Who doesn’t love baked beans? In summer, though, they can seem a bit heavy and out of place. To lighten this classic New England dish, here’s a variation made with white beans and white beer.
At least eight hours ahead, brine the white beans as directed in Note below.
Adapted from a recipe created by chef John Ash for Redwood Hill Farm creamery, this gorgeous summer salad has it all: sweetness, spice, tang, and texture.
For many of us, the term “cottage cheese” conjures images of glistening, snowy white curds nestled on leaves of iceberg lettuce and surrounded by slippery slices of canned peaches—a common “diet-smart” dish served in many American restaurants. For others this ubiquitous product is used as a cooking substitute for ricotta cheese. Rarely is cottage cheese embraced for its own qualities.
Gilding your cheeses with summer’s edible petals not only gives them good looks, but also lends a nice little kick of flavor. And besides, it’s fun and easy to do (a bit like playing dress-up with dairy!). So go ahead, unleash your flower power. Here are a few simple guidelines to get you started.
For your next no-fuss brunch, try this hearty side dish that we adapted from the recipe files of French goat cheese maker Ile de France.
Bake the potatoes in their skins until tender. Set aside to cool.
This recipe is best with a malty beer that has a pretty high alcohol content—9 or 10 percent alcohol by volume (ABV). Avoid hoppy beers such as IPA because the hops bitterness is accentuated by cooking, while their more floral flavors are cooked away.
These frozen filled lemony cookies—adapted from a recipe by Laura Chenel’s Chèvre—melt quickly, so serve them promptly from the freezer. You can also forgo the cookies and simply spoon the mousse-like lemon curd and cheese mixture into individual serving bowls. Scatter fresh, seasonal berries on top for a party-worthy summer dessert.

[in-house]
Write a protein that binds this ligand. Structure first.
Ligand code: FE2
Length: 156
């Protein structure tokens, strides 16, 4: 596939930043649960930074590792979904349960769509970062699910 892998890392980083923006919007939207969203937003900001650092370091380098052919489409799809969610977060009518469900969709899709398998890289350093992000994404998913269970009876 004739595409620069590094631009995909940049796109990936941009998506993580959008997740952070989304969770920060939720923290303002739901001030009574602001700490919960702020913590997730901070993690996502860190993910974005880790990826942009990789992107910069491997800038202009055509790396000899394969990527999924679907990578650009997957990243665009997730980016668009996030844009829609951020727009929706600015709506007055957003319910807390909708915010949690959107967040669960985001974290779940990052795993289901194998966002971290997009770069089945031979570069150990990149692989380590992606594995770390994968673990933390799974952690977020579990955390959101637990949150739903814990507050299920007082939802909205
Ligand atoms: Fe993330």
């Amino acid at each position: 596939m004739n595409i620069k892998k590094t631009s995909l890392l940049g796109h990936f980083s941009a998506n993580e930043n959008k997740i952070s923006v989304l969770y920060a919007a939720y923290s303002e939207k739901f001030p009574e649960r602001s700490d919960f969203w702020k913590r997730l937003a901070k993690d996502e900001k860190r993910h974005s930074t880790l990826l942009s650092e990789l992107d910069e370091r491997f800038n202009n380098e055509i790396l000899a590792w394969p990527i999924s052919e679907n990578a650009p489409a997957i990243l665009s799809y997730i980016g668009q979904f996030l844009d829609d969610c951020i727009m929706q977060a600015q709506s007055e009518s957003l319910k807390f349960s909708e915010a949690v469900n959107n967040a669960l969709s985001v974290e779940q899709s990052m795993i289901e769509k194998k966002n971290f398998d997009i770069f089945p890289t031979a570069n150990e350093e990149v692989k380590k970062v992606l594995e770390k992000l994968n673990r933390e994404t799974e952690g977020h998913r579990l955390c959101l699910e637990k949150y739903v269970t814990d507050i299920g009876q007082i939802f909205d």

Several hours or a day before serving, make the lemon curd: Heat a small pot of water, or a double boiler with water, to a simmer over medium-low heat.
In this golden age of American craft brewing, a trip to the corner store can yield a selection of tasty brews that would have been unimaginable even a decade ago. But while there’s plenty of excellent beer around, a Californian wanting to try some Massachusetts-made suds will have a hard time finding them. At the same time, she may have easy access to some choice offerings that folks in the Northeast can’t find.
Sam Calagione is the founder and president of Dogfish Head brewery in Milton, Delaware. Calagione is a three-time James Beard Award finalist and a proud brewer of “off-centered ales for off-centered people.”
"After college I moved to New York City and was taking some courses at Columbia . . . thinking about being a writer or a professor. To pay rent I worked at a Mexican restaurant and first-generation beer bar, and it . . . really opened my mind to how diverse and food-compatible a flavorful beer could be."
I confess: Cheese is not my only passion. I’m a color junkie, too. From that first big box of crayons to midnight showings of Fantasia to Downton Abbey’s rich décor, I’ve never been able to get enough. I follow color the way some people follow Brangelina. Martha Stewart’s Araucana chicken-egg hues spark my imagination, as does color guru Donald Kaufman’s custom-blended barn paint based on a green dumpster. Certainly, I’d find a use for that shade, too.
If inspiration indeed comes from anywhere, why not the cheese counter? I recall that scene in Mr. Blandings Builds His Dream House where Muriel tells the house painter, “If you’ll send one of your men to the grocer for a pound of their best butter, and match that exactly, you can’t go wrong!”